There's one from another similar article: http://mozilla.doslash.org/stuff/helloworld.zip --Nickolay 12:15, 9 October 2005 (PDT)

    No Hello World! in the status bar?

    I followed the directions but the status bar didn't change. I already had a number of extensions installed, and I found the source of the problem. If you have a similar problem, change the id="my-panel" line in status.xul to something else, like id="my-panel123". Then everything should be fine. --Brett

    Digital finger print readers extension

    I am not a programmer and was wondering if I could rally some support to have an extension written so users can operate digital finger print readers within Firefox? This last convenience is the only thing still keeping me tethered to Explorer. vehlewa1 7:45, 3 December 2005 (EST)

    localName

    Could someone elaborate a little more on what this means? "window is the localName value of the root element of the XUL document..." Where else, for example, does the corresponding word window also appear? I don't see how it is chosen. --Randomandy 06:00, 2005 October 11 (PDT)

    It means the part of the tagname excluding the namespace prefix (if it exists) of the document's root element. So if you have some document that looks like <?xml version="1.0"?><xul:dialog xmlns:xul="(xul namespace)">...</xul:dialog>, dialog would be the localName of the root element. If it were just <dialog>...</dialog>, the localName would still be dialog. At least, that's what I think it's saying. I'm not familiar with XUL. --Maian 06:43, 11 October 2005 (PDT)

    Localizability

    It's good that this article encourages the use of a locale file, but it doesn't really tell you where to put your locale file or how to write an entry for it in your manifest. Perhaps a snippet like the following under Create a Chrome Manifest?

    locale    sample    en-US    chrome/chromeFiles/locale/en-US/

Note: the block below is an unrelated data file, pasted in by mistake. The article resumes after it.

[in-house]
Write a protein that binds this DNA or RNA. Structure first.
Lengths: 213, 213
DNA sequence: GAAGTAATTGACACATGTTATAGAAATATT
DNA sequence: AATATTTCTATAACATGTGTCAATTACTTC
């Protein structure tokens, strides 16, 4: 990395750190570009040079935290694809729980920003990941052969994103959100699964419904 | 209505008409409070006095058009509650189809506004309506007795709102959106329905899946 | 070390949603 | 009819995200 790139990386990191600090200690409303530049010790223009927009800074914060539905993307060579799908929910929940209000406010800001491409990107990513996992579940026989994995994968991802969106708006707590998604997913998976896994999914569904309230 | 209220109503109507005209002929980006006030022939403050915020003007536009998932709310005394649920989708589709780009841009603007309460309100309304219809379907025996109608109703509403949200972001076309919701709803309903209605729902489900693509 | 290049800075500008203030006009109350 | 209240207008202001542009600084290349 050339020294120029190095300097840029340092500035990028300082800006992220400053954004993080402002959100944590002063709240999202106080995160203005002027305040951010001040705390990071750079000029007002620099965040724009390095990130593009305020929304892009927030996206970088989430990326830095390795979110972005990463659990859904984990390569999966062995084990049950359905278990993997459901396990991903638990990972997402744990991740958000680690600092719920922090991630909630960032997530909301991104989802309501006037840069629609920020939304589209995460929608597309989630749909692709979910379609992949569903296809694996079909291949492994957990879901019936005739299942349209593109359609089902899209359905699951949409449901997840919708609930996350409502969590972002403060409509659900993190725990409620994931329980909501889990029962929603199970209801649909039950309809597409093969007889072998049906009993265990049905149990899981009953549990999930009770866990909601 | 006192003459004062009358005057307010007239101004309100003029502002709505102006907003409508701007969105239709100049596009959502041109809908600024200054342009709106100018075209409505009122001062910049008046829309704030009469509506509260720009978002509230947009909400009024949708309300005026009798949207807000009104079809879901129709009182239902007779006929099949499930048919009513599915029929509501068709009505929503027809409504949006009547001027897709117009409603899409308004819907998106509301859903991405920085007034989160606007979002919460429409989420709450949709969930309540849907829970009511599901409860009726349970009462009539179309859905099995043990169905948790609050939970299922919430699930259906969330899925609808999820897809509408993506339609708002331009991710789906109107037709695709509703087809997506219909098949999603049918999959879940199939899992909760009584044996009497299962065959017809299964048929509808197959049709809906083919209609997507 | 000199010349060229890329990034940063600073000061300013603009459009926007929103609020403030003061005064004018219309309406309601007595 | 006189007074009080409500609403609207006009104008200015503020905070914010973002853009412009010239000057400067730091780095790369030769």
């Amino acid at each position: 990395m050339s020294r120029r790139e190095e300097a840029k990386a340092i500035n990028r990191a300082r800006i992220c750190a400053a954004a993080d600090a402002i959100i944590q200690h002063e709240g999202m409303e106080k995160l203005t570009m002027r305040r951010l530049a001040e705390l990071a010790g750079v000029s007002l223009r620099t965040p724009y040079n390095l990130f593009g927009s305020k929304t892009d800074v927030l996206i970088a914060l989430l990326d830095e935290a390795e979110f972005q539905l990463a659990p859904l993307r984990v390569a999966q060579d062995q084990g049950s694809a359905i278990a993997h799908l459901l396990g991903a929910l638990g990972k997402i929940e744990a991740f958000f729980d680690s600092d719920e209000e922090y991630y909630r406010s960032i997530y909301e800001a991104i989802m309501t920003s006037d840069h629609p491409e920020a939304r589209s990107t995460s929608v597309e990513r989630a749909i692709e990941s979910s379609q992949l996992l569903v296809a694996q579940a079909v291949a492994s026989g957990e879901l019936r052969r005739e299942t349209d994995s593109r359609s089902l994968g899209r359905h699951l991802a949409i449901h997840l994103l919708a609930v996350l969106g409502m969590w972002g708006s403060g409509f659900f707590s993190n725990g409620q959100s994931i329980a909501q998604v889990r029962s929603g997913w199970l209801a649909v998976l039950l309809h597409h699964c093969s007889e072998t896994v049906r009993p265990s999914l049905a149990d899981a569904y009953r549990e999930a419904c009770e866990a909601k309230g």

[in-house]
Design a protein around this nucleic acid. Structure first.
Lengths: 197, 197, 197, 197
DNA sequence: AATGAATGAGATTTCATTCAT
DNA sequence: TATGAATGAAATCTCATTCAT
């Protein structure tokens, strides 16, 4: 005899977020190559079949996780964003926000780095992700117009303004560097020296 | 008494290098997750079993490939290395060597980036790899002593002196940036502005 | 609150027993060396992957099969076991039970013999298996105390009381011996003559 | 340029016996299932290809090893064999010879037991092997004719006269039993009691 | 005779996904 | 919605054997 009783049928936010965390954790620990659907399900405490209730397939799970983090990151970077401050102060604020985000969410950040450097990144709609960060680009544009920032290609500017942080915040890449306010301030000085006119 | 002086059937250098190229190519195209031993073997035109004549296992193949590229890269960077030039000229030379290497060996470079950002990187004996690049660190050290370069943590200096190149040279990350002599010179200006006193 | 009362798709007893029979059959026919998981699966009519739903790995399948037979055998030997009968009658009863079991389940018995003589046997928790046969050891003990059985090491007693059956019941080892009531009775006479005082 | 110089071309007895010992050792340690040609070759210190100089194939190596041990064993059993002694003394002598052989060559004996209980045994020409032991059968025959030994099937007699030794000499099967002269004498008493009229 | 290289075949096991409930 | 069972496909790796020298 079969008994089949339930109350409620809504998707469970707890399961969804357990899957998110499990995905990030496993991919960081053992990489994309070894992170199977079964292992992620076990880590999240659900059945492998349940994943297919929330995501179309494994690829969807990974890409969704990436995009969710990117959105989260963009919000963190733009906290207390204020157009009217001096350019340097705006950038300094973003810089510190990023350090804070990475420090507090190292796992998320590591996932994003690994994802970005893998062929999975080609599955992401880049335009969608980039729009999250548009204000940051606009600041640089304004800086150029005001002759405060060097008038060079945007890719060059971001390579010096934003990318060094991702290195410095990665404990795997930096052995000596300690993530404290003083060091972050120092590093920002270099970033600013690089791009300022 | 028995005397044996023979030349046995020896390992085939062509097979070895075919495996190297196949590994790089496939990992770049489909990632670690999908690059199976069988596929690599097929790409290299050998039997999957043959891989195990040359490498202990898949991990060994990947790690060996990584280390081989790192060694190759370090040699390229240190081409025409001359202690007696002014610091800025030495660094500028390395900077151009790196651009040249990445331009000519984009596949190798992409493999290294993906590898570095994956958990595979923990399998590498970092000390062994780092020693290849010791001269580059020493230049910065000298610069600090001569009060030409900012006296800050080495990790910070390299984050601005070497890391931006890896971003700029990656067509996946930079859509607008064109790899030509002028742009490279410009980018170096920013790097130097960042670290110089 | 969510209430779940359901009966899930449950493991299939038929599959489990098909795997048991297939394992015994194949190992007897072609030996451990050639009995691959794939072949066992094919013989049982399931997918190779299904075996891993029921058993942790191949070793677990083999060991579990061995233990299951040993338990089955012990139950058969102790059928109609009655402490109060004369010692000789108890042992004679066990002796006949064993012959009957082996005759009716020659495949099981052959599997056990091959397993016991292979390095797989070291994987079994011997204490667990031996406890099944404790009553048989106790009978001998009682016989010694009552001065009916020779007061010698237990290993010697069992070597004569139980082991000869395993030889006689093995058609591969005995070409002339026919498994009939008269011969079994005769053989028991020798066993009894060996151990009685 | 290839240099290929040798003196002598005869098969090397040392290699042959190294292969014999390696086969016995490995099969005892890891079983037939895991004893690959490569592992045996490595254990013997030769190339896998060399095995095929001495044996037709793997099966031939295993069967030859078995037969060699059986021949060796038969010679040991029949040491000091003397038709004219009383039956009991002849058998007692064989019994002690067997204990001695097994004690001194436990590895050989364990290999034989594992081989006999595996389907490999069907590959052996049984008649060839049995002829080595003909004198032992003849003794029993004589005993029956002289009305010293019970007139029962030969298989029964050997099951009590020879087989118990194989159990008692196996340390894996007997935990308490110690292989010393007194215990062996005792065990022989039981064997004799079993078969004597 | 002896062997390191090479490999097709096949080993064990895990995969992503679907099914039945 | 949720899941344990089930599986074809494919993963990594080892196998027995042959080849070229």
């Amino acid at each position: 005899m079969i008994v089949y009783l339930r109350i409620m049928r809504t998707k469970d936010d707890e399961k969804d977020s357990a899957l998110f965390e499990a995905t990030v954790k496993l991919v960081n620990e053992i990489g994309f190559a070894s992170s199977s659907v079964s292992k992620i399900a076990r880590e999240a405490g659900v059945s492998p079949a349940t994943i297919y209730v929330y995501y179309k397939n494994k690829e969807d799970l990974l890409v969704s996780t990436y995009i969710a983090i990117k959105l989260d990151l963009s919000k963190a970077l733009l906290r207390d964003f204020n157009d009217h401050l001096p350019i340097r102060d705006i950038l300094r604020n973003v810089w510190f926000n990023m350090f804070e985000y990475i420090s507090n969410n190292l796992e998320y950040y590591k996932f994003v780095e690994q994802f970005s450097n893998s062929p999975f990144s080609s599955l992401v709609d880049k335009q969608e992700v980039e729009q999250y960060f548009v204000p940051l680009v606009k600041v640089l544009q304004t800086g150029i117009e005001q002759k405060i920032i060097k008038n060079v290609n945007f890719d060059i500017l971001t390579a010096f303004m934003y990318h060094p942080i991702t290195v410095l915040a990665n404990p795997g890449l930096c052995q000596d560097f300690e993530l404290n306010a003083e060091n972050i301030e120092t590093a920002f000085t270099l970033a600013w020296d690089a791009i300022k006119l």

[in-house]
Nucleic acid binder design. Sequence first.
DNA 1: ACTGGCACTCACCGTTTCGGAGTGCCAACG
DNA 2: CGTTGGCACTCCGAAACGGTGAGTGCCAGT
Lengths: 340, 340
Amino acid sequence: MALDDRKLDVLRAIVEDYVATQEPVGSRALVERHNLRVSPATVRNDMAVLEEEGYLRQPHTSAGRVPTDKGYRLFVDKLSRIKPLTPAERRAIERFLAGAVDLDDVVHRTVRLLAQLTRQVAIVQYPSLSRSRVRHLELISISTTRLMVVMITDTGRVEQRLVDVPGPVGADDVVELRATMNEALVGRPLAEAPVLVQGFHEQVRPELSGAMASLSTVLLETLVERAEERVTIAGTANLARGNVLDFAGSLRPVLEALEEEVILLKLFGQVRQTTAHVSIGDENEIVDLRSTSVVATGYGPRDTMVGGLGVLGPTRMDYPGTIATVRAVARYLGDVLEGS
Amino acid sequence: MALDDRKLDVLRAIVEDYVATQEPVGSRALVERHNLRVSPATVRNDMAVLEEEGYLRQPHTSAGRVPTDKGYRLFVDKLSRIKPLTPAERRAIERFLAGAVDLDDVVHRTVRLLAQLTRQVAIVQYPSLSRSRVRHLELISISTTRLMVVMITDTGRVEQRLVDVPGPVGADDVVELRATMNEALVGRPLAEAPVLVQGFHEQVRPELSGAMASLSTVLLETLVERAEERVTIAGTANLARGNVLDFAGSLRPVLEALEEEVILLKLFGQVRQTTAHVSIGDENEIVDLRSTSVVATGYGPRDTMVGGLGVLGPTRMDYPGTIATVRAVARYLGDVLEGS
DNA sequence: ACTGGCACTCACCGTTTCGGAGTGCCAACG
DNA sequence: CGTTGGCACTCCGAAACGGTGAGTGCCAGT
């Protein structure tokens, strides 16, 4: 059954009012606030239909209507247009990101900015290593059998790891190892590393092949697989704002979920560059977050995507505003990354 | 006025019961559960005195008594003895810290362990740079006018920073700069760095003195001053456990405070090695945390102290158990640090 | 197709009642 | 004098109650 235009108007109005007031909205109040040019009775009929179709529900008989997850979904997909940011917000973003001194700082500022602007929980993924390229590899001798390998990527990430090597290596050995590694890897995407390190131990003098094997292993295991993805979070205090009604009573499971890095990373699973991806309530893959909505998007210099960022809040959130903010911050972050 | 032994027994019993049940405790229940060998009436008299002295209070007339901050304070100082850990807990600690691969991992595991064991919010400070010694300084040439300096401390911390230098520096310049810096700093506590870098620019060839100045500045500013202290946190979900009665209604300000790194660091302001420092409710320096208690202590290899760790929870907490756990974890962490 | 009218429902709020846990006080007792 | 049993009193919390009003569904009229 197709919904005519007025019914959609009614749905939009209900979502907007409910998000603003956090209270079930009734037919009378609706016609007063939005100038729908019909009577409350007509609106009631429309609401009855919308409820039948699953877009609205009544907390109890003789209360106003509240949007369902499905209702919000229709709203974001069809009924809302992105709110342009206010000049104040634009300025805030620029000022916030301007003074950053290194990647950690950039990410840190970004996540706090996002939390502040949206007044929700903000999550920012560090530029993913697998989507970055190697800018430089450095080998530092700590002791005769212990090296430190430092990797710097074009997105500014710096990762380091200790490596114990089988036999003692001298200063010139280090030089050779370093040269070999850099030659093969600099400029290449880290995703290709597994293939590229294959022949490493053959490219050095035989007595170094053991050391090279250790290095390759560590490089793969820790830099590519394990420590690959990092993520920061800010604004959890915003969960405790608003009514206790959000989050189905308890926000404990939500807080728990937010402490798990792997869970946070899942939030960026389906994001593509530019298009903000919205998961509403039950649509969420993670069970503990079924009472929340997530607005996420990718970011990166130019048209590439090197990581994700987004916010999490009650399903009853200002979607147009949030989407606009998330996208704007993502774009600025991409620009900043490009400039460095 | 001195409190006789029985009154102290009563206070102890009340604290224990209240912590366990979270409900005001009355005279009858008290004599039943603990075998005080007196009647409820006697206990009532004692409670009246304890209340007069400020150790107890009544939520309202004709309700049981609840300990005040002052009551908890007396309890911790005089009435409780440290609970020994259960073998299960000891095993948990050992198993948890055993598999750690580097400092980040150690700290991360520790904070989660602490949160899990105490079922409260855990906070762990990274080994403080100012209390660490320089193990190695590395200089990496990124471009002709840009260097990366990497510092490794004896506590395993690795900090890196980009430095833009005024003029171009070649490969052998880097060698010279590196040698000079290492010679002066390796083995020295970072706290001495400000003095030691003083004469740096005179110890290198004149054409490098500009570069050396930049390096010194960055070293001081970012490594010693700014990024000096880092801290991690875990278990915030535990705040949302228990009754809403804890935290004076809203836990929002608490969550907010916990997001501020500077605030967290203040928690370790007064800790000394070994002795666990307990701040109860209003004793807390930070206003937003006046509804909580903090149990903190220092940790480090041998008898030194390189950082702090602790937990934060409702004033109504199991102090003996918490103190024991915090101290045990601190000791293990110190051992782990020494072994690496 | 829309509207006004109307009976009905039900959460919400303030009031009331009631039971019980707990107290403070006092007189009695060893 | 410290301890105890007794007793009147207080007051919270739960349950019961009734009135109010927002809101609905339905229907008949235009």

--Ox336699 13:54, 5 November 2005 (PST)

    Some problems

    I tried this article out with a freshly downloaded 1.5 Firefox, but it didn't work. I don't get any errors in the javascript console window. I poked around on the DOM inspector in chrome://browser/content/browser.xul and found the statusbar element that was supposed to be overridden, but I don't see my sample item in there. If I visit my element (which I named fetch rather than sample) at chrome://fetch/content/fetch.xul, I see the 'hello world' content displayed in the inspector's window. It's almost as if the file I created in my profile's extension directory isn't being slurped up. Is there a way to tell if this happened or not?

    [Edit:] Ah.. missed one of the 'sample' search & replaces in the chrome.manifest file. I needed to open fetch.xul, but was attempting to open sample.xul instead. Didn't see any warnings or anything, so that's what got me. I'm up and running, now, though.

    --jrjbertram, 2:30 pm 4 December 2005

    Version

    From javascript within the extension, how does one read its version? Using InstallTrigger.getVersion('myExtention@example.com') does not work.

    The InstallTrigger used to work if you supplied an install.js file with the xpi. It is now gone with firefox 3, so the question still remains.

    www.x2ii.info

    --Kurt, 2005-12-21 23:40:00-05

    Callek's change to wording

    Callek, this change doesn't make sense to me (you forgot to change some punctuation at least). I like the 'go back' variant more fwiw. --Nickolay 08:41, 11 January 2006 (PST)

    Sure, I am by far not the best english writer (even though it is my only language). At the time the way it initially was I liked best, so I changed that back. Now though it appears like the 'go back' variant was more comprehensive. Feel free to revert my change at your whim. --Callek 17:22, 11 January 2006 (PST)

    What do I use for context menus?

    If I wish to add a context menu item to a scpeific element, how would I go about it? What I want is a simple extension for decoding postdata. You right-click on a submit button and have an option that will show the postdata as it would be submitted i.e. first run the form's onsubmit javascript command then output the data as it would be submitted. Also, I would I go about calling the function and viewing the page items? Coppro 16:57, 25 January 2006 (PST)

    Please see Extensions:Community Particular the Mozilla Zine Forums link(s). You will find much more help for what you want than on developer documentation Talk Pages. --Callek 22:03, 25 January 2006 (PST)

    Images